Alabama’s HB 56 was already the harshest state immigration law in the nation. But in the waning hours of the state’s 2012 legislative session and above the din of protestors’ interruptions the state passed a revision to HB 56 on Wednesday which took new steps toward making life for the state’s immigrants even more difficult. HB 658, the revision bill, is now on its way to Gov. Robert Bentley’s desk.
HB 658 preserved many of the most heinous provisions of HB 56, including provisions modeled on Arizona’s SB 1070 which are held up right now in a Supreme Court challenge. Despite months of attempts and near daily rewrites to the bill in an effort to refine the language of HB 56, the new law left intact provisions that compel law enforcement officers to question anyone who appears to be undocumented. The state also left intact the provision that bars undocumented students from any public institution of higher education in Alabama, and mandates that K-12 schools gather data about the immigration statuses of students and their parents. A provision which requires private employers to adopt E-Verify, a worker verification database that’s ostensibly designed to crack down on bosses who hire undocumented workers, was unchanged.
On Wednesday, lawmakers also passed a bracing new provision which calls for the state to create a public, searchable database which includes the name and personal information of any undocumented immigrant who appears in Alabama state court for any reason. Immigrant rights advocates have taken to calling it the “scarlet letter” provision because it would unfairly brand immigrants.
In other instances, provisions like one that makes it illegal for undocumented immigrants to rent property, were modified, but only in ways that serve to strengthen the rest of the law as a whole.
“Our worst fears were confirmed today,” said Luis Robledo, an organizer with the Hispanic Interest Coalition of Alabama, who spoke with Colorlines just after the Senate vote. “It’s just a monster. [Lawmakers] doubled down and made it worse for the community.”
The scarlet letter provision in particular encapsulates the driving ethos of the rest of HB 56, say experts. “I can’t figure out a legitimate public interest that it serves,” said Justin Cox, a staff attorney with the ACLU’s Immigrant Rights Project who was in the statehouse observing proceedings on Wednesday. “I don’t understand what they hope to achieve with it other than making people so uncomfortable in their homes than they have to move.” That impulse has a name: lawmakers and immigration restrictionists call it “enforcement through attrition,” whereby a state makes conditions so harsh and unlivable for immigrants that they leave the state on their own, or as some refer to it, “self-deport.”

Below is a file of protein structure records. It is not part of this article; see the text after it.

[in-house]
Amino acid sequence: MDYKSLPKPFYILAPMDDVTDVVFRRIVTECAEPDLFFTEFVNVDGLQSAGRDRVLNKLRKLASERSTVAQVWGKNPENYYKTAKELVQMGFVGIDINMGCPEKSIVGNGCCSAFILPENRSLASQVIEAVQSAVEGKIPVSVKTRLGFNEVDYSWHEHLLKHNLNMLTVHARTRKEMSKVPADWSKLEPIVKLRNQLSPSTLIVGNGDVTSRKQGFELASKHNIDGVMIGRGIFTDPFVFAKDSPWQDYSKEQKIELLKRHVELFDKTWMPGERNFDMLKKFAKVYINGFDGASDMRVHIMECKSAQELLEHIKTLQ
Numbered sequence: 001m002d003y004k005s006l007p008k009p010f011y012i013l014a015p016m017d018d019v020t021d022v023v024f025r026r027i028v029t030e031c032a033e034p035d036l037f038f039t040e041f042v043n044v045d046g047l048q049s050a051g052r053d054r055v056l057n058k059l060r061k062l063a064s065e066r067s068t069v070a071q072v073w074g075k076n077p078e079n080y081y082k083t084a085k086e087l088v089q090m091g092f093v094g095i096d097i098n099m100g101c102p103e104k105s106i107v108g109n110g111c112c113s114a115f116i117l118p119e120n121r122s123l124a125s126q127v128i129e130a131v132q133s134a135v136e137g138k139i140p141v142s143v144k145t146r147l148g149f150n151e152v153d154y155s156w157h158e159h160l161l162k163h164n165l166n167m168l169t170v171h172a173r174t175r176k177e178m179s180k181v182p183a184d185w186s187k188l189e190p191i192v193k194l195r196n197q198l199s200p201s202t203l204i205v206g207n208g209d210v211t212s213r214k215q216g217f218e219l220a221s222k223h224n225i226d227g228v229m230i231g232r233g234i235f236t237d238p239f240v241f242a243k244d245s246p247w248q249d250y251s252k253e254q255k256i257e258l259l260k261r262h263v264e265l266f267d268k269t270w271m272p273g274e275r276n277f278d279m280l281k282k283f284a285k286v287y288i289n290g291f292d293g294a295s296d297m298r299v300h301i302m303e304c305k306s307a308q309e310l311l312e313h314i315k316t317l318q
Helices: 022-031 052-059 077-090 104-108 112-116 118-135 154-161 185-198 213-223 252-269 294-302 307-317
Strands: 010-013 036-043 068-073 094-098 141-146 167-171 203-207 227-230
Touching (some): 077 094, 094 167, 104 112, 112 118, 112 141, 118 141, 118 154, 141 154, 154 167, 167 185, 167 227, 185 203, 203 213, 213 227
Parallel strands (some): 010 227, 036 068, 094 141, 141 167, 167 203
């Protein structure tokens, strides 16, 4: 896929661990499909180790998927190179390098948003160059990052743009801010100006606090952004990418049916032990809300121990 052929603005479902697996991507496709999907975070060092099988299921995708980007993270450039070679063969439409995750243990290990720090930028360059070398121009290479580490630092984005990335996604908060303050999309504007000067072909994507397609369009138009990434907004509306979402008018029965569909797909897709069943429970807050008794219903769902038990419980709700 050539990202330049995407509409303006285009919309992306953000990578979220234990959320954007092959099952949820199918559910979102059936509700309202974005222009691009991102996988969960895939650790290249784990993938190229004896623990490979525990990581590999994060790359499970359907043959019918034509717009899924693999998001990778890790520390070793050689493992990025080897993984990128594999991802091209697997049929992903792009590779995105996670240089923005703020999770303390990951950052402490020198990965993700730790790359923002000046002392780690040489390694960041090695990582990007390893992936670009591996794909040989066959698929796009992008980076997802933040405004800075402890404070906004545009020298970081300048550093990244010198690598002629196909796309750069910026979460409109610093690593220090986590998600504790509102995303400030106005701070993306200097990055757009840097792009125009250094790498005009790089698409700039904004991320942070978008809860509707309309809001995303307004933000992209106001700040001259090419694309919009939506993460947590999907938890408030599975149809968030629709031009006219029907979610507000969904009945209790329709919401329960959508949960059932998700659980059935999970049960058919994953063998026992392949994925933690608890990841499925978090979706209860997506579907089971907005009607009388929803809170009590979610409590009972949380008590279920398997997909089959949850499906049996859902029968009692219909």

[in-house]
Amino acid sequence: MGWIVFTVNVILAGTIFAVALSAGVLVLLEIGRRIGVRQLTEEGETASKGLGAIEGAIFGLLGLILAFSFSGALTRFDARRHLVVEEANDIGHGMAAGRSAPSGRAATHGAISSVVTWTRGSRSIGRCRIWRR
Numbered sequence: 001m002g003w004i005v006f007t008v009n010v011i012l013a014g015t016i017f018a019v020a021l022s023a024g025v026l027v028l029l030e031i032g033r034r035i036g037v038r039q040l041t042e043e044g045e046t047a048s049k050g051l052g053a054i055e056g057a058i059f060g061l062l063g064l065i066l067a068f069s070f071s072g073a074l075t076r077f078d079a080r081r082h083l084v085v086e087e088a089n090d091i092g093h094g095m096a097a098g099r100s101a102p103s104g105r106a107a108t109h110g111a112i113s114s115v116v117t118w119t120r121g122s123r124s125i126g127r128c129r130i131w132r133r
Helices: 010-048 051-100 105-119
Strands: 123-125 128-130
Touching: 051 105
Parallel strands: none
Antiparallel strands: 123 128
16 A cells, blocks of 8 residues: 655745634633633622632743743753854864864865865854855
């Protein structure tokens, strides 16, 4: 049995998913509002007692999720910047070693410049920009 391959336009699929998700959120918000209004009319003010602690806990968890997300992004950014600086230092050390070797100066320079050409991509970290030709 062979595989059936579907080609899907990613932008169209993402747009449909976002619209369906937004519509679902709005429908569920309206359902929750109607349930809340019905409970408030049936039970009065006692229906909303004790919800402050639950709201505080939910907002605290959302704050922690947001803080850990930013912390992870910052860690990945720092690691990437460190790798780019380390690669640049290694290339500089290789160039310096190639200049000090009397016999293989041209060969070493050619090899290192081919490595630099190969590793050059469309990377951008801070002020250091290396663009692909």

“I really believe this came from the determination of some members of the leadership of the legislature to make HB 56 even more discriminatory and even more cruel,” said Olivia Turner, the executive director of the ACLU of Alabama.
According to many watchers, it wasn’t supposed to happen this way. Prior to the legislative session and facing national outrage and fallout over HB 56 last year, Gov. Bentley and even other Republican politicians acknowledged that HB 56’s “unintended consequences” needed to be addressed. HB 56 reminded other Republican lawmakers too much of Alabama’s sordid civil rights history, they said. But when it came down to the wire, Sen. Scott Beason, who authored the original HB 56, was able to command enough support to back his plan.
The days leading up to Wednesday’s vote were a flurry of activity and backroom deals, say advocates. The version of the update that the Senate voted on yesterday had only been sent out the previous day, Turner said. “They are just shoehorning this bills in, and there’s been no due deliberation or even time for a proper reading and comprehension of these bills.”
Indeed, just before the Senate moved to a cloture vote on Wednesday, Senate Democrats asked that the bill be read out once in full. It passed, 20-7. The House concurred hours later.
Police arrested protestors from a group called Alabama’s Conscience who blocked the hallways leading to Senate and House chambers in an attempt to delay the vote. After the Senate vote, protestors sang and chanted in the hallways, their hymns and shouts filling the building for hours.
“Legislators are not listening to their own constituents,” said Victor Palafox, an immigrant rights activist. “They’ve been ignoring every person coming through this statehouse showing their opposition to the law.”
“If they’re not going to listen to prayer, to chants, to rallies, then they’re going to listen to us as we break and defy an unjust law.”
An earlier version of this article incorrectly stated that Gov. Bentley had vetoed the bill; he has not done so and so far not taken any action on it.